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MOUNT PLEASANT — The greatest inspiration for a new PFLAG chapter in Mount Pleasant, a town of less than 8,700, was not an LGBTQ-related incident.

Bob Mueller, founder of Mount Pleasant PFLAG, says ICE raids that led to the arrest of 32 people in March 2018 inspired him. “Back in Illinois, the LGBTQ+ and immigrant rights groups often worked together as we had many of the same issues,” said Mueller, who moved to Mount Pleasant from Westmont, about 20 miles outside of Chicago. Mueller said he felt called to stand up for the rights of his Hispanic and Latino neighbors, in the same way he stands up for himself as a gay man.

bob mueller
Bob Mueller

He joined fellow residents to protest the raids and met Lian Halawith, head of the Mount Pleasant High School Gay Straight Alliance. Halawith wanted to know how his GSA members could help stand up for Latino and Hispanic civil rights.

Mueller and Halawith soon became colleagues on an Iowa Welcomes Its Immigrant Neighbors (Iowa WINS) panel that reached out to the staff of Congress members Joni Ernst and Charles Grassley on behalf of civil rights. From there, momentum picked up, Mueller said.

A controversy over Mount Pleasant’s new middle school GSA arose, when a flier for the group was removed from a school bulletin board. Mueller helped ensure language was removed from district policies that left GSAs vulnerable to shutdown.

The Mount Pleasant First Presbyterian Church held a forum about GSAs. And Burlington Pride held its first-ever event.

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The run of events inspired Mueller to go forth with a PFLAG chapter. “PFLAG was the group that always got the biggest cheers at PRIDE Parades,” he said.

Support continues to be strong, Mueller says. The intersectional approach also continues, with one-third of the group LGBTQ and two-thirds friends or family. Though many attending from the Iowa Wesleyan College in town are Hispanic or Latino, Mueller says the new PFLAG group still needs to do better involving more people of color. The group is open to anyone in Henry county and any adjoining counties.

In many ways, Mueller says, eastern Iowa has demonstrated its affirmation of LGBTQ people. He said he was impressed upon first moving here with the strong and fair coverage of the murder of Kedarie Johnson, and the resulting trial and conviction of Johnson’s murderers. Johnson,16, was an openly gender-fluid resident of Burlington who was viciously murdered in March 2016 after two men kidnapped them, mistakenly thinking they were female, then turned on Johnson upon realizing their  gender-fluidity.

Though the case was heartbreaking, Mueller said he was impressed with how the community and media responded to condemn the killing. “That kind of story can often can get buried, or you’ll get negative comments. But I thought Burlington and the justice system was quite fair.”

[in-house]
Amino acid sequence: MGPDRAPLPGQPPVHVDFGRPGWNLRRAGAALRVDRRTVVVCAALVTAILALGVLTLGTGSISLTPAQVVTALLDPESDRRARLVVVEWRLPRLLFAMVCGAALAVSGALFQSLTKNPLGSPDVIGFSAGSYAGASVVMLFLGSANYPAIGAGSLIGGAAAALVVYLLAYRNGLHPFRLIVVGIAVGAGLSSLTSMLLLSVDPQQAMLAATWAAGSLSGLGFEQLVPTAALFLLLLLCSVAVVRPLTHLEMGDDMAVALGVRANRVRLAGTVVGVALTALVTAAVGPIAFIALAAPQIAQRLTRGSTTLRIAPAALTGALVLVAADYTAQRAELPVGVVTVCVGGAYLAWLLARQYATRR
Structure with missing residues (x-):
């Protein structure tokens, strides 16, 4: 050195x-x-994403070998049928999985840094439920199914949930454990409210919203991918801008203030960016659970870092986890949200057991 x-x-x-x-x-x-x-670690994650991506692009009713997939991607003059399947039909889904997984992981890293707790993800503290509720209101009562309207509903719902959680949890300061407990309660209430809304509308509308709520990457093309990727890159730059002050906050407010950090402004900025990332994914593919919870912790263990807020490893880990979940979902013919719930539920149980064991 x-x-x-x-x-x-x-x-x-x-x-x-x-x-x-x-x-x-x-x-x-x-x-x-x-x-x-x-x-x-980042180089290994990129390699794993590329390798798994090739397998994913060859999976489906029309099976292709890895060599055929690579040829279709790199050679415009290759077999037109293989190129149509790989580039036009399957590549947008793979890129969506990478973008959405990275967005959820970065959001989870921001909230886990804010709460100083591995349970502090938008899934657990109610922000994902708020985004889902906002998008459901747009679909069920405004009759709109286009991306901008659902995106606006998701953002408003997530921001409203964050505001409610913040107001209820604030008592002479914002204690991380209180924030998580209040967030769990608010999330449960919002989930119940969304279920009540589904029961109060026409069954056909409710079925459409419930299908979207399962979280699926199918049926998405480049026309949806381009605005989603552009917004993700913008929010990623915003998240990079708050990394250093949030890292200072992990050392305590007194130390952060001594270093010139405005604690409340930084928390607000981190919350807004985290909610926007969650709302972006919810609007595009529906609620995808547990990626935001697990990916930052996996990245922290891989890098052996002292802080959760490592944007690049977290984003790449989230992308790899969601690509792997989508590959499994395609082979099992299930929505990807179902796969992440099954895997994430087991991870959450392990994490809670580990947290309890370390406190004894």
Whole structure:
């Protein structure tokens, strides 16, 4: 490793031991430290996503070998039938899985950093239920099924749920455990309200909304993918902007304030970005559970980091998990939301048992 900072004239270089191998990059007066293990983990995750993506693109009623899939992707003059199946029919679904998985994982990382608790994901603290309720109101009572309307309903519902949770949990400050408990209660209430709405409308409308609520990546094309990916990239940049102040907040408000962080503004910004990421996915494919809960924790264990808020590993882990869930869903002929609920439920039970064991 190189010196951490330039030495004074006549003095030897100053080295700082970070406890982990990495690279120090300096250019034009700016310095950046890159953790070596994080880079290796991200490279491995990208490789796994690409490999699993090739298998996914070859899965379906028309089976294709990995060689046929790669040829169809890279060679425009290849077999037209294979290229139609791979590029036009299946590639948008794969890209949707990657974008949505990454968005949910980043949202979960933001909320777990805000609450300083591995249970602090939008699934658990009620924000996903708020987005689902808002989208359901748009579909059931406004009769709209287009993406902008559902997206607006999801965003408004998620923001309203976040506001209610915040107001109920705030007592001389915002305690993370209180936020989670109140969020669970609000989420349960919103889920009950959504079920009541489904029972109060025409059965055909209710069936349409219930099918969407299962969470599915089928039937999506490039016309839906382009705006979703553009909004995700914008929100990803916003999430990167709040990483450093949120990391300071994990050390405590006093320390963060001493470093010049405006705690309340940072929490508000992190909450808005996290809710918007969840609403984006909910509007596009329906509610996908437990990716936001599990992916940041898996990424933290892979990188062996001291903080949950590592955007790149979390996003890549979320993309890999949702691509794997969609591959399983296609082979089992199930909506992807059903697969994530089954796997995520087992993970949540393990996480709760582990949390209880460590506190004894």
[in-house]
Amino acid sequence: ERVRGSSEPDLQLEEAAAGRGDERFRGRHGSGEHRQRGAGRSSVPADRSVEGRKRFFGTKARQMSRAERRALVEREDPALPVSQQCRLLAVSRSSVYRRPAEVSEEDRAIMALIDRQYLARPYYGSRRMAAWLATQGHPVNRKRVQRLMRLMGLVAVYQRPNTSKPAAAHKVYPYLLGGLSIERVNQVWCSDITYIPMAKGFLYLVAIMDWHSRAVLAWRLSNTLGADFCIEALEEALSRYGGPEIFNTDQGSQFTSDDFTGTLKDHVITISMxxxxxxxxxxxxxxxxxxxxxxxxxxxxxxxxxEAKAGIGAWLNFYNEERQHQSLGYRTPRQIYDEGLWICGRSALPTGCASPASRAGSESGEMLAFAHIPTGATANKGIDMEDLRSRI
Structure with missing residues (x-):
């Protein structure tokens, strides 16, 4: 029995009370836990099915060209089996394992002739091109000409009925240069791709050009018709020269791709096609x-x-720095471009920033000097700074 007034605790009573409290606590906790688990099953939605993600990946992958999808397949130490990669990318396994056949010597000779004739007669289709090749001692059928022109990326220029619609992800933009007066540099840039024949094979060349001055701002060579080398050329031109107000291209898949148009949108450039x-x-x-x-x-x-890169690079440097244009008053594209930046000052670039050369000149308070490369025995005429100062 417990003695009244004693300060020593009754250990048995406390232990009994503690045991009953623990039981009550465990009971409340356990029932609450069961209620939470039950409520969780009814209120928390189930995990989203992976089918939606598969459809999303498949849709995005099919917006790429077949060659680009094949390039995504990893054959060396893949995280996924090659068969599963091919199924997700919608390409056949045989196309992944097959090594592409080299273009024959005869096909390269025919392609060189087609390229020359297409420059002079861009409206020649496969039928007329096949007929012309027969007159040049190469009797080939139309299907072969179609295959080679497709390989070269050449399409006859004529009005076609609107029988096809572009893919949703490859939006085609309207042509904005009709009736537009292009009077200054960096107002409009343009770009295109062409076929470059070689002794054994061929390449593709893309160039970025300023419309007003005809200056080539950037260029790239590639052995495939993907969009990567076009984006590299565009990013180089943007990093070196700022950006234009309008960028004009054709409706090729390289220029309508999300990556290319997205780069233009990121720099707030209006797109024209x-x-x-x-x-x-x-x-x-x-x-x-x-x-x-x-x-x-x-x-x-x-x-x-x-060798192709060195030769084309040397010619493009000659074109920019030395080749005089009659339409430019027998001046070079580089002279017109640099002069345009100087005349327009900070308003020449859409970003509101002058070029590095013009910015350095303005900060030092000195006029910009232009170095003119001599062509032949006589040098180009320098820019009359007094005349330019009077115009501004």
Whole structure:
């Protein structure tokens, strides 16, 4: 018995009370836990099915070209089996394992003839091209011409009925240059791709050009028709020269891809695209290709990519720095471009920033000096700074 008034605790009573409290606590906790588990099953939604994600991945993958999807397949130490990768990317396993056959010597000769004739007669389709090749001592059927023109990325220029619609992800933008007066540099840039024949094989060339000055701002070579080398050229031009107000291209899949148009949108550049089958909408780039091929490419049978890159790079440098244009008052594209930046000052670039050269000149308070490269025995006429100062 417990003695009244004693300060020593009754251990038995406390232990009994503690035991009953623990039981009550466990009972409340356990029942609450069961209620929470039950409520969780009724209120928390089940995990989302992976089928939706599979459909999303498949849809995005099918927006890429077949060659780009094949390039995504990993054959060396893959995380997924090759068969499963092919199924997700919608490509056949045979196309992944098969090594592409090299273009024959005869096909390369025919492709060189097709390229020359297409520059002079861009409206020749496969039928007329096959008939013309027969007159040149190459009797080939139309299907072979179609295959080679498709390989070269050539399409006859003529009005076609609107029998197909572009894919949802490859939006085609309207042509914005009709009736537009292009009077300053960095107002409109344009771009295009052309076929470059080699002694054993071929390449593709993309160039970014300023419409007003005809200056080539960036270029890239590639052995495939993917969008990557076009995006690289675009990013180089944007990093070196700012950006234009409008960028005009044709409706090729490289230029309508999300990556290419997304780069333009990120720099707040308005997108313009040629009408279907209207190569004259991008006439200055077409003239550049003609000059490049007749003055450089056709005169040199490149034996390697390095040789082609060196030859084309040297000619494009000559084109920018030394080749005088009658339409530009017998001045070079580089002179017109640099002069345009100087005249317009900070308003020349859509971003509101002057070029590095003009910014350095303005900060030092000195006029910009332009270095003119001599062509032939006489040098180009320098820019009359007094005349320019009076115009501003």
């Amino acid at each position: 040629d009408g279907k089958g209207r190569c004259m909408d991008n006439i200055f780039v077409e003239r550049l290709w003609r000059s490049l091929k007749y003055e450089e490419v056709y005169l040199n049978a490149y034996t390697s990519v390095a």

In addition, Burlington Pride is now in its second year, and the public school system ended up resolving a bathroom controversy inclusively.

But there have been worrisome signs, too. They include not only the GSA flier controversy, but also the presence of picketers at Burlington Pride in 2019. And the rift that developed over the March 2018 ICE arrests has not really subsided, Mueller says.

“Mount Pleasant is still quite divided as far as which side you follow. Do you follow the law, or do you follow a human rights perspective? There’s still work to do.”

Mount Pleasant PFLAG will also hold a forum on conversion therapy March 24. The group plans to keep on working closely with GSA advisers at middle and high schools, and Iowa Wesleyan, to address topics of bullying and acceptance.


Mueller also hopes to address what he calls “pre-2013 LGBTQ+ families” and their needs, meaning LGBTQ+ families that came together prior to marriage equality. As more of those families reach retirement age, they are encountering challenges of elderly care, shared assets, benefits, and partners’ rights.

Mueller points to a recent settlement agreement for 9-11 families, where a clause would allow LGBTQ partners to receive the benefits only if they were formally married at the time, rendering most LGBTQ couples ineligible.

Overall, the Mount Pleasant PFLAG aspires to “make people more aware that there are many LGBTQ+ individuals all around them.”

“One can inadvertently hurt someone with off-hand comments and jokes that were commonplace a generation ago.”

This article was written by Christine Hawes and Cheryl Weatherford.

COMING UP MARCH 24: Forum on Conversion Therapy Ban